China will set a deadline for automakers to end sales of fossil-fuel-powered vehicles, becoming the biggest market to do so in a move that will accelerate the push into the electric car market led by companies including BYD Co. and BAIC Motor Corp. The deadline date is still to be decided but current speculation is in the 2040-2050 timeframe.
Xin Guobin, the vice minister of industry and information technology, said the government is working with other regulators on a timetable to end production and sales. The move will have a profound impact on the environment and growth of China’s auto industry, Xin said at an auto forum in Tianjin on Saturday.
The world’s second-biggest economy, which has vowed to cap its carbon emissions by 2030 and curb worsening air pollution, is the latest to join countries such as the U.K. and France seeking to phase out vehicles using gasoline and diesel.
The U.K. said in July it will ban sales of diesel- and gasoline-fueled cars by 2040, two weeks after France announced a similar plan to reduce air pollution and meet targets to keep global warming below 2 degrees Celsius (3.6 degrees Fahrenheit). Norway and the Netherlands are considering a more aggressive way to put an end on fossil fuel cars years earlier than its European peers.
Mercedes-Benz is the latest automaker to embrace electrification, announcing that it will be electrifying its entire vehicle lineup by 2022. Mercedes-Benz chief Dieter Zetsche said that the car maker will offer either hybrid or fully electric versions of its vehicles by 2022, adding up to a total of a minimum of 50 new electric model options by that time. Smart, meanwhile, another Daimler-owned sub-brand, will go fully electric by 2020.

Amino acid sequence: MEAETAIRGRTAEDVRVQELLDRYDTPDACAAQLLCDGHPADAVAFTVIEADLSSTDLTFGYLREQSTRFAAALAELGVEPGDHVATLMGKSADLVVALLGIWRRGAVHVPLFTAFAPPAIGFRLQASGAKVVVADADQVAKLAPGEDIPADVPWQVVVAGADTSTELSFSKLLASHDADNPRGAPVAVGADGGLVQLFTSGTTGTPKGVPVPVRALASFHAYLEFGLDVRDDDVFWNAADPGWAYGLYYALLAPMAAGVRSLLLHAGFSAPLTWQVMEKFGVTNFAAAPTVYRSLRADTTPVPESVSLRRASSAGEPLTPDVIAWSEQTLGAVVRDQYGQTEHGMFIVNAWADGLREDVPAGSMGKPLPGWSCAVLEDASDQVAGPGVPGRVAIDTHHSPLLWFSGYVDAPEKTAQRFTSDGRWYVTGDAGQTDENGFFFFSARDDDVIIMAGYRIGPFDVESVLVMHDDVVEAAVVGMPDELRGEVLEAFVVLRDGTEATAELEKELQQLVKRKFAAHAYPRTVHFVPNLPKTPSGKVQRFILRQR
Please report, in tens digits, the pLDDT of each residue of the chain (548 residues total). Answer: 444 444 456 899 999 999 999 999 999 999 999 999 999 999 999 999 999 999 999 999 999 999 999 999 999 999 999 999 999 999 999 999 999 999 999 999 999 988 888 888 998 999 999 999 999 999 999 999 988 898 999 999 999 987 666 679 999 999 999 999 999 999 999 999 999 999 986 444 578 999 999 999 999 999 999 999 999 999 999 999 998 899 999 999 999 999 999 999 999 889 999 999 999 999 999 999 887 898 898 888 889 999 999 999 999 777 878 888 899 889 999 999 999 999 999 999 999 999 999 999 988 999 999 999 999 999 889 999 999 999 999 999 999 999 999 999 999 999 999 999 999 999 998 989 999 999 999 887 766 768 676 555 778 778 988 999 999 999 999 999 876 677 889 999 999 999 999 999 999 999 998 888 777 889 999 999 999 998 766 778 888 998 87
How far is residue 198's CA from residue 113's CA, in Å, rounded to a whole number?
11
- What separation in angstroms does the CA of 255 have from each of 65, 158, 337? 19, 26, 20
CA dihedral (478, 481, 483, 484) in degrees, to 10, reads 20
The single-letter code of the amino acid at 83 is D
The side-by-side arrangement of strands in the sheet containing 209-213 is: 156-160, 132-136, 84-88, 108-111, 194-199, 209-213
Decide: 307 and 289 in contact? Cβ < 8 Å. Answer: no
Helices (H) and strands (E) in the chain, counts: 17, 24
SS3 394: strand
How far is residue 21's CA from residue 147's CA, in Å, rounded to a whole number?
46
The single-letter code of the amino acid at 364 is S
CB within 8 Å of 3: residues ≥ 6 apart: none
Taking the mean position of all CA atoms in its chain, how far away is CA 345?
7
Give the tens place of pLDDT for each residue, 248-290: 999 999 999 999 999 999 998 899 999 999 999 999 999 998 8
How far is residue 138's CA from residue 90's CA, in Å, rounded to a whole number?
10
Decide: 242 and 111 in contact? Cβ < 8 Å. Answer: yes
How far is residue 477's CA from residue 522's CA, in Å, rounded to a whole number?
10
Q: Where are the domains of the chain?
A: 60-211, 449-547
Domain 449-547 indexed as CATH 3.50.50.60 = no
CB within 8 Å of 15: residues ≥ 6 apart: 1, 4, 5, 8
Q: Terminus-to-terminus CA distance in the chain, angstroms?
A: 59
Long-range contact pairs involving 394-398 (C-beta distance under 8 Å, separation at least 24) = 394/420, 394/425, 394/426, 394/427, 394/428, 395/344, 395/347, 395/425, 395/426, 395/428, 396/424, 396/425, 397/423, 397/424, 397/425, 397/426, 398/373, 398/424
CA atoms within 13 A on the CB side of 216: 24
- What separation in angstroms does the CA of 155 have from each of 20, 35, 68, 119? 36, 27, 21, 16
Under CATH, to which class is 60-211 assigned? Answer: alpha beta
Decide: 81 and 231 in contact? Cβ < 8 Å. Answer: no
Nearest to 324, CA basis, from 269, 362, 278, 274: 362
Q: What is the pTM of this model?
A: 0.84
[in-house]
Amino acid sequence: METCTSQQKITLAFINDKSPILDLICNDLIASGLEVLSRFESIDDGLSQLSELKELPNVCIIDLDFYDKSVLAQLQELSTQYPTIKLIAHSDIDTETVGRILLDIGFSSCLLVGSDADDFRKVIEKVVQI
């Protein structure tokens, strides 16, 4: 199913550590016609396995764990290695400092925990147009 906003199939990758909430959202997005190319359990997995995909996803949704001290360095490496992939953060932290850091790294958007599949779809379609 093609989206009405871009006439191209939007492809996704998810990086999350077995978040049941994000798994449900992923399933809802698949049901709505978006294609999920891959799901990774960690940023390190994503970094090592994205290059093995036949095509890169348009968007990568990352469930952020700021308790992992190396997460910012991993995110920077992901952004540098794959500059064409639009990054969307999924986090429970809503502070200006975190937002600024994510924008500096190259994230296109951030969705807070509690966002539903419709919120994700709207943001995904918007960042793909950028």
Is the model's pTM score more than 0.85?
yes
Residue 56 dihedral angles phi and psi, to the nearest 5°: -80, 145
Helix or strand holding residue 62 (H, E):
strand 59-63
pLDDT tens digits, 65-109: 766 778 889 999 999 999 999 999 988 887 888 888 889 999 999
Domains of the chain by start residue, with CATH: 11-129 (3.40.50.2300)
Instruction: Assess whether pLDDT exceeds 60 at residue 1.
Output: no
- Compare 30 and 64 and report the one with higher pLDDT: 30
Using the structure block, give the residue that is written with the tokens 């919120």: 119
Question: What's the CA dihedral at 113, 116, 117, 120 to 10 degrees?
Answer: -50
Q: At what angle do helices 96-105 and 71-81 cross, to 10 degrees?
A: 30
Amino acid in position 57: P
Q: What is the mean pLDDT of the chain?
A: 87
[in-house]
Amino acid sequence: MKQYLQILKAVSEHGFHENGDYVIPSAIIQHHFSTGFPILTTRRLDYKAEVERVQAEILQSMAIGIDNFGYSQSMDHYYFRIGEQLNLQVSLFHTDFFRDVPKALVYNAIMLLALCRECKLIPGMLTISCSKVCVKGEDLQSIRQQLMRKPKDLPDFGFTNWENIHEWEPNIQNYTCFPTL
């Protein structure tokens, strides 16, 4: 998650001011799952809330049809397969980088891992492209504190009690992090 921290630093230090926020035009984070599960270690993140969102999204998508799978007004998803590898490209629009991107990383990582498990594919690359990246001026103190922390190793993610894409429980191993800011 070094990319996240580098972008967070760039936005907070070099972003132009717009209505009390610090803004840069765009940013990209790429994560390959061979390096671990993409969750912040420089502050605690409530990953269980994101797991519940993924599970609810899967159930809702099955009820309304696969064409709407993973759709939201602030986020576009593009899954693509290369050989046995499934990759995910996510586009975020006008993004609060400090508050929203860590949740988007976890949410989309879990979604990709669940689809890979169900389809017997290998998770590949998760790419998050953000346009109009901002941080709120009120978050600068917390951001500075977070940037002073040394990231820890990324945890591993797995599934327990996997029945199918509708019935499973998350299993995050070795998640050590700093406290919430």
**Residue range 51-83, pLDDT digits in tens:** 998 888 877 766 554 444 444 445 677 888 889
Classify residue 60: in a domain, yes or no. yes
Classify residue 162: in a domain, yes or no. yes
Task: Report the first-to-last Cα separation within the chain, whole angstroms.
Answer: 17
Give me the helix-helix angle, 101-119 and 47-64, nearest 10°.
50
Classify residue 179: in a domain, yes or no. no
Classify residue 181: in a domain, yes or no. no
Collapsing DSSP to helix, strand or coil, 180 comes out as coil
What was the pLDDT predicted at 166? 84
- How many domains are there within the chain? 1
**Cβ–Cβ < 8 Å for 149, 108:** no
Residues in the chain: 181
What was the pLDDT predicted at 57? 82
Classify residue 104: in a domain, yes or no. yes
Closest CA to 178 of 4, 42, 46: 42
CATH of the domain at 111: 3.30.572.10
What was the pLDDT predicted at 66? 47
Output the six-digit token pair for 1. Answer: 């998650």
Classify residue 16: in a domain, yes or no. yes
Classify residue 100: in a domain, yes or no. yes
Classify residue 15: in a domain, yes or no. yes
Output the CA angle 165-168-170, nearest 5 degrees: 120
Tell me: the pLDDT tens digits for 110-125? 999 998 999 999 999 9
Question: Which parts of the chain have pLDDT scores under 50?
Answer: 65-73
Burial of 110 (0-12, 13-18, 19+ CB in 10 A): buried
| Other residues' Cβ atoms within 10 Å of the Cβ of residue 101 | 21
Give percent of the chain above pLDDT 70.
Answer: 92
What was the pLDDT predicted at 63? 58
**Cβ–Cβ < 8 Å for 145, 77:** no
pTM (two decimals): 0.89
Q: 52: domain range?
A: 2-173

Volkswagen AG plans to build electric versions of all 300 models in the 12-brand group’s lineup. The German auto giant laid out the enormity of the task ahead, vowing to spend 20 billion euros ($24 billion) by 2030 to roll out the cars and earmarked another 50 billion euros to buy the batteries needed to power the vehicles.
By 2025, VW aims to have 50 purely battery-powered vehicles and 30 hybrid models in its lineup, with a goal of selling as many as 3 million all-electric cars by then. The transformation will pick up speed after that to reach the 2030 goal as economies of scale and better infrastructure help bring down prices and accelerate sales.